Seniors: Here’s an easy way to cut your risk of a heart attack or stroke by up to 80%

And those over 70 who walk an average of 4,500 steps per day have a 77% lower risk than those who walk less than 2,000 steps per day.

In fact, the general conclusion of the study is that if you’re retired, you should buy some sort of pedometer or step counter, keep track of your movements, and try to move more.

(Incidentally, you don’t need to spend much on a pedometer either – despite the marketing. I wore a wrist pedometer for years that cost $15 – the brand is no longer available on Amazon, but it looks identical to this, costs $22 – and it’s excellent Long battery life, you can charge it without a cable, and when I tested the accuracy it beat a lot of the expensive ones .))

The study was quite limited. It covered 452 participants who wore step counters for three days or more, for 10 hours or more, and then performed follow-ups over the next 3.5 years. The average number of steps per day was 3,500. Some 7.5% had a heart attack or stroke or had heart disease. But among those taking less than 2,000 steps a day, that figure was 12%.

Among those taking around 4,500 steps a day, it was only 3.5%.

The average age of participants was 78, about 59% were female and 20% were black.

The study adds to the growing evidence that exercise, even simple walking, is powerful in keeping us younger and healthier.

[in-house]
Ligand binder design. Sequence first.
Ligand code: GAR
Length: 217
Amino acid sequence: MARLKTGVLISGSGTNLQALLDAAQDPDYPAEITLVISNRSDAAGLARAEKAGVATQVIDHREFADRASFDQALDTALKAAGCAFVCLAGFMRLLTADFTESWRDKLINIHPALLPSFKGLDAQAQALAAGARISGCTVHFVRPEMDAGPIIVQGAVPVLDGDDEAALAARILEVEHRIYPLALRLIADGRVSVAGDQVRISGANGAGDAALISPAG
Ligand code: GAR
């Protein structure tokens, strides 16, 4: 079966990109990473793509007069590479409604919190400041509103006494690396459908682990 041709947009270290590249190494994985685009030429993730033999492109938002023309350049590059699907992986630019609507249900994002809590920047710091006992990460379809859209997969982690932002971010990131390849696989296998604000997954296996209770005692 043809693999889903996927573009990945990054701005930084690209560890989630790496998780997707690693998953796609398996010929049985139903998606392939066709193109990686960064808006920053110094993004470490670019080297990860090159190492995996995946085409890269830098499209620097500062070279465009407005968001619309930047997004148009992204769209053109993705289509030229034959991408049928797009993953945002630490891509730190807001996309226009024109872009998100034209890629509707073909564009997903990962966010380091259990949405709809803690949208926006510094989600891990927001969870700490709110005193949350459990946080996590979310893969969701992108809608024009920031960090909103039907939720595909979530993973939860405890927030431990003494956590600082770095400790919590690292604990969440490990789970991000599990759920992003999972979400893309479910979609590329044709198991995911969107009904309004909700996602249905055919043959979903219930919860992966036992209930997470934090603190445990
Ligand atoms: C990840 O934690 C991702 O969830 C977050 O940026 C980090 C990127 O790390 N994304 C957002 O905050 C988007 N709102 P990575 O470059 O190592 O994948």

The caveat with studies like these is that they leave a lot of questions unanswered. It’s inevitable. Only 452 people may not be fully representative of the population. A test over a few days may not be enough to show long-term trends. And what exactly is being measured?

The common sense conclusion is that the kind of people who tend to walk a lot tend to move a lot and are generally more active. They spend less time on the couch. It is good for heart health, especially in old age. Meanwhile, people who walk very little tend to move very little overall, and they tend to be sedentary and spend a lot of time on the couch. And it’s bad for heart health.

What gets measured gets managed, as they say, so the easiest conclusion from the study is to buy a step counter, wear it every day, and track your movements. And just try to increase the numbers.

I programmed my cheap step counter with a daily step goal of 10,000, and it buzzes and alerts me on the days I reach it. If I get to my 70s, maybe I’ll cut that down to 5,000.

A $22 gadget that could help me reduce my risk of a heart attack or stroke by almost 80% sounds like a pretty good deal to me.

Leave a Comment